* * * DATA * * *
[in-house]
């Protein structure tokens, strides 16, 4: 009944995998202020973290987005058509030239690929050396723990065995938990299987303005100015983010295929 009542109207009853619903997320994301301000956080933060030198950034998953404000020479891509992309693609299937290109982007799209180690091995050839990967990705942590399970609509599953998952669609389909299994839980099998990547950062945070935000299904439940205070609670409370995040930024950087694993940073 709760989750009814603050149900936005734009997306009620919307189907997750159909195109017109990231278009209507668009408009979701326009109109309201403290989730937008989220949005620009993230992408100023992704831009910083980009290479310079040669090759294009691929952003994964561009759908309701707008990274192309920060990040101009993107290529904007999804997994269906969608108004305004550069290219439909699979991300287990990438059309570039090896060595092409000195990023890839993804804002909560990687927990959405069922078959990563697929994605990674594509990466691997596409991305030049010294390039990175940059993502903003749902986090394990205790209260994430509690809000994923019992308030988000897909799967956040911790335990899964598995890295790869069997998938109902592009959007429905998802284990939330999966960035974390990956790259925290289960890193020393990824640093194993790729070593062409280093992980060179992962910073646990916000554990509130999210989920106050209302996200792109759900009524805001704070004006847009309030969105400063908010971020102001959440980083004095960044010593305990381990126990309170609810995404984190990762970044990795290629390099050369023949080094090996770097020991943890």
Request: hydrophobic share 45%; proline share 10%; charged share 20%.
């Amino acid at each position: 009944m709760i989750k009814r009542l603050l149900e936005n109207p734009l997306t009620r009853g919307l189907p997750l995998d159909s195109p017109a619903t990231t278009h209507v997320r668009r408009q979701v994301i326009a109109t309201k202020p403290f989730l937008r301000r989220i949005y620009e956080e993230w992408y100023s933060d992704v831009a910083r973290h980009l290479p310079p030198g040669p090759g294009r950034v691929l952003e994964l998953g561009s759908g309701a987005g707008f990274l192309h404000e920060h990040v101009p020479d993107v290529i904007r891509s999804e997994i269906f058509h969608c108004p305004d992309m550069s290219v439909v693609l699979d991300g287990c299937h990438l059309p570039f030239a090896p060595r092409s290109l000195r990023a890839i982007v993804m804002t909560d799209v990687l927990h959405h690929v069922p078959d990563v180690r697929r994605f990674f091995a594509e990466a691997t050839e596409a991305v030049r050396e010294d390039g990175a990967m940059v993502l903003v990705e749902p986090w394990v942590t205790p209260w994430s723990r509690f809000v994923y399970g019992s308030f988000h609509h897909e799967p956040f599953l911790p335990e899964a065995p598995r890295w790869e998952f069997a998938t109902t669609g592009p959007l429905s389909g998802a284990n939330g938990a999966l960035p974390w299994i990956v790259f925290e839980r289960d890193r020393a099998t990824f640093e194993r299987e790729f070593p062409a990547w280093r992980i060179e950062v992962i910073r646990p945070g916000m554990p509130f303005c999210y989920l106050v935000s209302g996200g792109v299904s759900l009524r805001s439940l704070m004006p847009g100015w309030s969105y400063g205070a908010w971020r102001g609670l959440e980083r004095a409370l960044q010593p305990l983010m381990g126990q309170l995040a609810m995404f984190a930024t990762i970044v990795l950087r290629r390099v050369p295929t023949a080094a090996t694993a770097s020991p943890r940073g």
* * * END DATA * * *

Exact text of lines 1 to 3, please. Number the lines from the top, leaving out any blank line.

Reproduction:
[in-house]
């Protein structure tokens, strides 16, 4: 009944995998202020973290987005058509030239690929050396723990065995938990299987303005100015983010295929 009542109207009853619903997320994301301000956080933060030198950034998953404000020479891509992309693609299937290109982007799209180690091995050839990967990705942590399970609509599953998952669609389909299994839980099998990547950062945070935000299904439940205070609670409370995040930024950087694993940073 709760989750009814603050149900936005734009997306009620919307189907997750159909195109017109990231278009209507668009408009979701326009109109309201403290989730937008989220949005620009993230992408100023992704831009910083980009290479310079040669090759294009691929952003994964561009759908309701707008990274192309920060990040101009993107290529904007999804997994269906969608108004305004550069290219439909699979991300287990990438059309570039090896060595092409000195990023890839993804804002909560990687927990959405069922078959990563697929994605990674594509990466691997596409991305030049010294390039990175940059993502903003749902986090394990205790209260994430509690809000994923019992308030988000897909799967956040911790335990899964598995890295790869069997998938109902592009959007429905998802284990939330999966960035974390990956790259925290289960890193020393990824640093194993790729070593062409280093992980060179992962910073646990916000554990509130999210989920106050209302996200792109759900009524805001704070004006847009309030969105400063908010971020102001959440980083004095960044010593305990381990126990309170609810995404984190990762970044990795290629390099050369023949080094090996770097020991943890």
Request: hydrophobic share 45%; proline share 10%; charged share 20%.